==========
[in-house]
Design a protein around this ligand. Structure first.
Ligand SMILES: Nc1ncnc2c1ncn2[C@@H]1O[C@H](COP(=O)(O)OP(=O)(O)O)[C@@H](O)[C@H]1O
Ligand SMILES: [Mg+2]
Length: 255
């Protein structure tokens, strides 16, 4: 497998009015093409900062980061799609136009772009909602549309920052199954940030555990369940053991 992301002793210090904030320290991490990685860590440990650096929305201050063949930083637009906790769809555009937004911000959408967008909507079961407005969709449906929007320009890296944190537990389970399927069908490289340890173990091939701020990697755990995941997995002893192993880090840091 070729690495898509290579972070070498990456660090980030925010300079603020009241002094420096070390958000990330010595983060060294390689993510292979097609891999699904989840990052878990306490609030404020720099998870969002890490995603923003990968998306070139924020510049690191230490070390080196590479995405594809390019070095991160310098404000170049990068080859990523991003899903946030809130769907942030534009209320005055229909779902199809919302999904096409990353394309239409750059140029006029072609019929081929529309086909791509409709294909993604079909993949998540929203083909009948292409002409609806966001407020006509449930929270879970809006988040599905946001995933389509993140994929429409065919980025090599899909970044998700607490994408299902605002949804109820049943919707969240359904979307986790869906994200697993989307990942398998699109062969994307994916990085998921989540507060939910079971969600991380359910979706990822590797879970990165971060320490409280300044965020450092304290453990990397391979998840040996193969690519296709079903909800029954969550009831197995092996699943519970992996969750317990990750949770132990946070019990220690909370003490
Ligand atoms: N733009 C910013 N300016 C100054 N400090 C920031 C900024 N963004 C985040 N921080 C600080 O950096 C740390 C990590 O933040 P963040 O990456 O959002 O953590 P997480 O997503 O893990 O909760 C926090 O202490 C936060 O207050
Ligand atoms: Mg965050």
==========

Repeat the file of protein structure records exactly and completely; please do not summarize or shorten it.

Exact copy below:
[in-house]
Design a protein around this ligand. Structure first.
Ligand SMILES: Nc1ncnc2c1ncn2[C@@H]1O[C@H](COP(=O)(O)OP(=O)(O)O)[C@@H](O)[C@H]1O
Ligand SMILES: [Mg+2]
Length: 255
């Protein structure tokens, strides 16, 4: 497998009015093409900062980061799609136009772009909602549309920052199954940030555990369940053991 992301002793210090904030320290991490990685860590440990650096929305201050063949930083637009906790769809555009937004911000959408967008909507079961407005969709449906929007320009890296944190537990389970399927069908490289340890173990091939701020990697755990995941997995002893192993880090840091 070729690495898509290579972070070498990456660090980030925010300079603020009241002094420096070390958000990330010595983060060294390689993510292979097609891999699904989840990052878990306490609030404020720099998870969002890490995603923003990968998306070139924020510049690191230490070390080196590479995405594809390019070095991160310098404000170049990068080859990523991003899903946030809130769907942030534009209320005055229909779902199809919302999904096409990353394309239409750059140029006029072609019929081929529309086909791509409709294909993604079909993949998540929203083909009948292409002409609806966001407020006509449930929270879970809006988040599905946001995933389509993140994929429409065919980025090599899909970044998700607490994408299902605002949804109820049943919707969240359904979307986790869906994200697993989307990942398998699109062969994307994916990085998921989540507060939910079971969600991380359910979706990822590797879970990165971060320490409280300044965020450092304290453990990397391979998840040996193969690519296709079903909800029954969550009831197995092996699943519970992996969750317990990750949770132990946070019990220690909370003490
Ligand atoms: N733009 C910013 N300016 C100054 N400090 C920031 C900024 N963004 C985040 N921080 C600080 O950096 C740390 C990590 O933040 P963040 O990456 O959002 O953590 P997480 O997503 O893990 O909760 C926090 O202490 C936060 O207050
Ligand atoms: Mg965050």